While Gov. Jerry Brown sold his budget plan to outside groups in Southern California, state lawmakers greeted his proposal with a skeptical eye Thursday inside the Capitol.
In a Senate budget committee hearing, Democrats raised concerns not only about Brown's cuts to schools and health and welfare programs, but also about the strength of his revenue projections, which the nonpartisan legislative analyst has called optimistic.
One Democrat, Sen. Rod Wright, D-Inglewood, took issue with Brown's tax hikes because he said the sales tax increase would hurt the poor.
"I understand the politics, but in terms of policy and benefiting poor people, I think this does them a disservice," Wright said. "If somebody makes $10,000 a year or somebody makes $300,000 a year, the sales tax on toilet paper is the same. I'm just saying that disadvantages the people I represent in Watts or Compton."
But Wright also questioned the idea of raising income taxes on the rich because he said it makes state revenues too volatile.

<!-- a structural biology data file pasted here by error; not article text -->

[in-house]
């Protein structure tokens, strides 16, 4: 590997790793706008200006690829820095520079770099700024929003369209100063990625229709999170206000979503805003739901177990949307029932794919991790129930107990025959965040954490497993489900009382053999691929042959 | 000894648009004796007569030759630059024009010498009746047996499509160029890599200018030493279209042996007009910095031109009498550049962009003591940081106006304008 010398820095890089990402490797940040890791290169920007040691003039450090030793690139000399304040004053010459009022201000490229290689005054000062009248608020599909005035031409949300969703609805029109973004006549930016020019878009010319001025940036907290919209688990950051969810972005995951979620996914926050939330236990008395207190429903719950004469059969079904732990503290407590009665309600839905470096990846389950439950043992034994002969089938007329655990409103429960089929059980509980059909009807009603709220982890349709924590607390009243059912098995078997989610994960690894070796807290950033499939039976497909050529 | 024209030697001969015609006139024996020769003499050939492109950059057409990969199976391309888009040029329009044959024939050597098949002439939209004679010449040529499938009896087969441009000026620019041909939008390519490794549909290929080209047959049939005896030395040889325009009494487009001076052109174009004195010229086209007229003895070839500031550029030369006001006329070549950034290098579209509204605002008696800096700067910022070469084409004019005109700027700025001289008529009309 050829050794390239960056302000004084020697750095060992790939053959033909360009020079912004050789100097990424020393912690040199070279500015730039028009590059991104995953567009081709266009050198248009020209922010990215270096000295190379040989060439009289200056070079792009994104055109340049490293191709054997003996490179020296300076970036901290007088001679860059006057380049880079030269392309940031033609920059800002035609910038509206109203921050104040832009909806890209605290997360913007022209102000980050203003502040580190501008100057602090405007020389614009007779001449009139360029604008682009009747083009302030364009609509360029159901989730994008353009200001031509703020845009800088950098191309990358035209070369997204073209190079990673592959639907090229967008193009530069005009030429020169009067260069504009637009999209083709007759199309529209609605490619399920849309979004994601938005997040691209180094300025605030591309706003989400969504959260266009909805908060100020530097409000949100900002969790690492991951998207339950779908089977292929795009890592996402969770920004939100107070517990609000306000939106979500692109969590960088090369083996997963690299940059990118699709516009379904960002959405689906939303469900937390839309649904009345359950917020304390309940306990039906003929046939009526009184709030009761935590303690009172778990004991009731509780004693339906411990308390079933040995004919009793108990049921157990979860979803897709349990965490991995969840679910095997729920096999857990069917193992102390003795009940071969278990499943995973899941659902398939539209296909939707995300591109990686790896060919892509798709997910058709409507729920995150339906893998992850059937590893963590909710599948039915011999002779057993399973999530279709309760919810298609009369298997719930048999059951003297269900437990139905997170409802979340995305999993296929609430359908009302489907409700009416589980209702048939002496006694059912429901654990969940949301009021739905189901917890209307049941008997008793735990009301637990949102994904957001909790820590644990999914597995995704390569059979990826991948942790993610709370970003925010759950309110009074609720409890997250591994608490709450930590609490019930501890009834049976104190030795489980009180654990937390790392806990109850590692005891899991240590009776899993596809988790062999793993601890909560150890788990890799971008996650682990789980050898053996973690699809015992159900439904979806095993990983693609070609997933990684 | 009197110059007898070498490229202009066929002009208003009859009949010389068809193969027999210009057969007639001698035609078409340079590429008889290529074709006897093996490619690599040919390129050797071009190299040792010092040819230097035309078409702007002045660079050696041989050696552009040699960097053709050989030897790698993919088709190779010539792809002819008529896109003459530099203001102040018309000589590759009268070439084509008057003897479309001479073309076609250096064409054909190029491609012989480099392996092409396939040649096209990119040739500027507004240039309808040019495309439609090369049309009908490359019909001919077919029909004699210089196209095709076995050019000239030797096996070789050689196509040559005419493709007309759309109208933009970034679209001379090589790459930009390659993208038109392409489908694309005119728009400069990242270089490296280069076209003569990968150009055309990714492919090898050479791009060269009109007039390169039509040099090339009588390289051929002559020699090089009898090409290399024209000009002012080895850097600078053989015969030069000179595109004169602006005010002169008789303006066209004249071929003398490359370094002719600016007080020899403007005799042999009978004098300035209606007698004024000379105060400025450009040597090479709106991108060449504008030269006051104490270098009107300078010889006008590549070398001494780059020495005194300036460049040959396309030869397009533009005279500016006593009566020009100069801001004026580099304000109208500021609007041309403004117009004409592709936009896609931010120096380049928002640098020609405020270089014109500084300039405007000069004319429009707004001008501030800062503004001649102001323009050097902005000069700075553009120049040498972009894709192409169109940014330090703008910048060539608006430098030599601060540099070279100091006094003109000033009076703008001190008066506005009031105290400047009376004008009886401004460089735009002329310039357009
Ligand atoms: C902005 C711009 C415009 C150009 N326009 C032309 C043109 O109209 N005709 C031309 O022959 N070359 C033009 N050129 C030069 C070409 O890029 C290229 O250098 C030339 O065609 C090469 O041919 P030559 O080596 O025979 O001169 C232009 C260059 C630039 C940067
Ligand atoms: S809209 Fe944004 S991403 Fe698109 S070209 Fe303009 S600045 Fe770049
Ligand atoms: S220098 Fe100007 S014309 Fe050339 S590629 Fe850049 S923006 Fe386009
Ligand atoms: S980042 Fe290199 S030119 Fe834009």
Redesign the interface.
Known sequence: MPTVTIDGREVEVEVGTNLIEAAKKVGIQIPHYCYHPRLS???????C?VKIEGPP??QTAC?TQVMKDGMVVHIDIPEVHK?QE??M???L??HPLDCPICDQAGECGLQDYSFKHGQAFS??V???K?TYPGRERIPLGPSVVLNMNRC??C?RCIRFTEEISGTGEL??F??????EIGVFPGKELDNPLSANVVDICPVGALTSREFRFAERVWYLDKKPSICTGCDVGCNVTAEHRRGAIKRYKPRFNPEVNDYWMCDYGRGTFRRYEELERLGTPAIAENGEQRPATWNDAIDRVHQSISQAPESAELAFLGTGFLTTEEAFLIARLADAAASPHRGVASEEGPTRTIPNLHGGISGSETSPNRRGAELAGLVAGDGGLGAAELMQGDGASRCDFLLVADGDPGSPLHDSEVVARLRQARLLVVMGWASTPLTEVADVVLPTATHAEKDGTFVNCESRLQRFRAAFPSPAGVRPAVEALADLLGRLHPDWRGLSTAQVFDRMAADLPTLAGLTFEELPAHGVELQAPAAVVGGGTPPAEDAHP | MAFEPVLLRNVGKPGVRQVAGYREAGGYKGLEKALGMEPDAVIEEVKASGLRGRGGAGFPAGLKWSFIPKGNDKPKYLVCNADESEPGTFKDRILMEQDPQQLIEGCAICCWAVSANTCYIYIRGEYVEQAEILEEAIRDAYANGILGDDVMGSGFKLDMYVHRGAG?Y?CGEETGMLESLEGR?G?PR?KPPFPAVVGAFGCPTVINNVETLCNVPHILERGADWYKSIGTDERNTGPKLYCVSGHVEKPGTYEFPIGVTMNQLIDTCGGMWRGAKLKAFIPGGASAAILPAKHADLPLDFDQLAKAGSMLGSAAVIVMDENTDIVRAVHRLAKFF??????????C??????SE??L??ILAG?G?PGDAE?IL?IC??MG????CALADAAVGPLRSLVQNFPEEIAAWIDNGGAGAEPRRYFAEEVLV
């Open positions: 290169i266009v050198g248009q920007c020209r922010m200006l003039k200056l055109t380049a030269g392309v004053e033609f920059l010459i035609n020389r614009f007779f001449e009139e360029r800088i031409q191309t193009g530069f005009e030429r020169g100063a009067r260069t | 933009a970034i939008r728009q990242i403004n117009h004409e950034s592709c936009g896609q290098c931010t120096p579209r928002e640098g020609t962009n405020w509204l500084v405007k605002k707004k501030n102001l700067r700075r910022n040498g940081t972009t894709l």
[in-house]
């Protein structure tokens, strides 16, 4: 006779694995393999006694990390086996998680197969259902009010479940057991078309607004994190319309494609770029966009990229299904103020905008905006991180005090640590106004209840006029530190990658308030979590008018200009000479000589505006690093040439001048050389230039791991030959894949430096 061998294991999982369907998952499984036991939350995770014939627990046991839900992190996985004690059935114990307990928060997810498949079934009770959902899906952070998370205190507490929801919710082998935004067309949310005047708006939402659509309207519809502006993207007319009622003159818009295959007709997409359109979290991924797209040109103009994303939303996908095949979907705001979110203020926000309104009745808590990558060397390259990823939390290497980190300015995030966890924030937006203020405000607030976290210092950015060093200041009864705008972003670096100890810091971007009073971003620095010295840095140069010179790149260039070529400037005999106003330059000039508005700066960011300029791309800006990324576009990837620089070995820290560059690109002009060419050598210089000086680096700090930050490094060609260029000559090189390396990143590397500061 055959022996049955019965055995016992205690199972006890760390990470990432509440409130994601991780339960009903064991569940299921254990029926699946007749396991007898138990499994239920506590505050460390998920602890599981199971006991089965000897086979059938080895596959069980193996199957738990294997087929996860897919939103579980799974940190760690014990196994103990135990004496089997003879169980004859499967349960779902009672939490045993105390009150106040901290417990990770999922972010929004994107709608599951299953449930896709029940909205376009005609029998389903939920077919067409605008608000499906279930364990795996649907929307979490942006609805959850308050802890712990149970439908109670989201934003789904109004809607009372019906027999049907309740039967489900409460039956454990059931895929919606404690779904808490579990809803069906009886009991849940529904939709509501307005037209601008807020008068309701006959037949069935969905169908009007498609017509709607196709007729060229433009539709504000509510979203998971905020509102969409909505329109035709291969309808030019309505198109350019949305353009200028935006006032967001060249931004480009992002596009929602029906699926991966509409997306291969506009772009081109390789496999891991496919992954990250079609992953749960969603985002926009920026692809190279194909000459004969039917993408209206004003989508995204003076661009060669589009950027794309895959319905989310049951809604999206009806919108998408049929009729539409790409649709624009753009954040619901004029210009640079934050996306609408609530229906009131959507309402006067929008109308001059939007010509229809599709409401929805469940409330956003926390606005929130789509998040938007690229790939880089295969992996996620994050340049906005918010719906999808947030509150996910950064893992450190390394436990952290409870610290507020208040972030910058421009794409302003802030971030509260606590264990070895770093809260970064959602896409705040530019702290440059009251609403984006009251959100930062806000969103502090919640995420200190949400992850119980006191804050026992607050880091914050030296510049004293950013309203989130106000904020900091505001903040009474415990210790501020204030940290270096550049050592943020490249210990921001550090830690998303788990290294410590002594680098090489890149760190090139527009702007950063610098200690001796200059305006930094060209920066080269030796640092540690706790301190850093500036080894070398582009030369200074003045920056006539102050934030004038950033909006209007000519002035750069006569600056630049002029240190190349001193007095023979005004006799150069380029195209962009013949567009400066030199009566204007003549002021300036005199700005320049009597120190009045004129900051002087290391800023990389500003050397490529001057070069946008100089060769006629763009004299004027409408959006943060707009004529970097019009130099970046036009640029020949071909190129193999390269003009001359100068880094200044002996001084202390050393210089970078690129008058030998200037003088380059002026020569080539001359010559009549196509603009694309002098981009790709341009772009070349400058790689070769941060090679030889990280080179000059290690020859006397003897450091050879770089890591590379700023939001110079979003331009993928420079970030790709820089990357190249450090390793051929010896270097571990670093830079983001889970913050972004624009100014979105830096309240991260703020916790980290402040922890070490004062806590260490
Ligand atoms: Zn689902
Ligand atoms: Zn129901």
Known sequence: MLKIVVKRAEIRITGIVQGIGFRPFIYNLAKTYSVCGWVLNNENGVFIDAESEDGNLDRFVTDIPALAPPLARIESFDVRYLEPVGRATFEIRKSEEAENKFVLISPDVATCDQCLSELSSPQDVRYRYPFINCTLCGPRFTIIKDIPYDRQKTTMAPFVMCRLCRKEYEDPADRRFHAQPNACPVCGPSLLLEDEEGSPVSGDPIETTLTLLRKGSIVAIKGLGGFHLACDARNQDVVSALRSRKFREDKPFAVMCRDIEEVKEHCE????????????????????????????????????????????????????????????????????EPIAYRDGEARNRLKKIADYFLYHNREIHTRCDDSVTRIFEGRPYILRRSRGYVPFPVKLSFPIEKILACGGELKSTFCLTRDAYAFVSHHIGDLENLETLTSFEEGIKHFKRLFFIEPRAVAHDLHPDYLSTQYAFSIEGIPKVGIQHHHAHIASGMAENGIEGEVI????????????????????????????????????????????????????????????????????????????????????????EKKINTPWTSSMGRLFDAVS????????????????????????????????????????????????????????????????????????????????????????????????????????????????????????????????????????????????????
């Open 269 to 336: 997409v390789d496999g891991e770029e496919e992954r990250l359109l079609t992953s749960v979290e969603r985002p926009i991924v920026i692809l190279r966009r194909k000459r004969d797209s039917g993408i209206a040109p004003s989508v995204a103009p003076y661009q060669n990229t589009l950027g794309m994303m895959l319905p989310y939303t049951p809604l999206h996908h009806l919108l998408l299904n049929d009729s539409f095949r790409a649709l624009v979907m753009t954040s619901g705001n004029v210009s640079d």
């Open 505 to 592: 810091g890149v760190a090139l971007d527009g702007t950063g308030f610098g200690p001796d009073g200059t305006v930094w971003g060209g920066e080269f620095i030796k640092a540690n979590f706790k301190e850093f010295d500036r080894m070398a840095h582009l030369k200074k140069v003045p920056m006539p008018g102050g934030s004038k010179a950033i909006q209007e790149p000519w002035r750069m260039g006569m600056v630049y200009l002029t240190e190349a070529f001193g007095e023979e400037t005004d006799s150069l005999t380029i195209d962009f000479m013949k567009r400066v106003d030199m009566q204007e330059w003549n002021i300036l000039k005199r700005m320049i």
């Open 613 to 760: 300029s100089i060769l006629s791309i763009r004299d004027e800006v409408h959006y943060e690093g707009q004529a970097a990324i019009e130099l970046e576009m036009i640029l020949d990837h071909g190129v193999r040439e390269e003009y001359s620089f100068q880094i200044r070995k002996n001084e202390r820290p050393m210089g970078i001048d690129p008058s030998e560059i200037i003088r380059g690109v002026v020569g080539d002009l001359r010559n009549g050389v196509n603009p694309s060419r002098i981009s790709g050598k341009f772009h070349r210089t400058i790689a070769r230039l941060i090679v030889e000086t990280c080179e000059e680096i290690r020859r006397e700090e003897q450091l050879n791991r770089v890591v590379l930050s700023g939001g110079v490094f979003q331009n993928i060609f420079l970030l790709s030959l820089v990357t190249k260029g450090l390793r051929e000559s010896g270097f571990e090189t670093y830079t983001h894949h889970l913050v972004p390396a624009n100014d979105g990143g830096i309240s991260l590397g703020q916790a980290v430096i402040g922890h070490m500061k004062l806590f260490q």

Republicans challenged Brown finance aide Michael Cohen over why the governor wants to raise taxes when the Department of Finance expects the deficit to shrink naturally as the economy slowly recovers. Sen. Bill Emmerson, R-Hemet, vice chairman of the Senate budget committee, said the governor's tax plan would eventually provide the state a surplus.
Cohen said the taxes, which Finance pegs at $6.9 billion annually, would not provide a huge amount of excess money because the state constitution requires a significant share of new revenue growth to go to education to reverse past cuts. Cohen also said the state would use any extra money toward paying down debt.
But Emmerson seemed skeptical that would happen. Republicans believe that advocates for health and welfare programs will want new money for additional services.
"You have no provision in there to pay off the wall of debt," Emmerson said. "Where is it in your spending plan that you mandatorily pay off the wall of debt?"
"It's the governor's commitment to do so," Cohen said. "We don't have a statute that governs many things four years from now, but it's the governor's commitment to do so."
Democratic lawmakers questioned why Brown would cut items ranging from the Commission on the Status of Women to funding for school buses and transitional kindergarten.
Sen. Mark Leno, D-San Francisco, wondered whether the governor's scenario of cutting schools if the taxes fail is avoidable. Leno cited Brown's insistence that he set up his tax plan as such because schools consume so much of the state budget.
Legislative Analyst Mac Taylor stopped him there. "They're 40 percent of the budget, not 90 percent. You don't have to do 90 percent schools. You can do a lesser amount. It's just that obviously there are tradeoffs."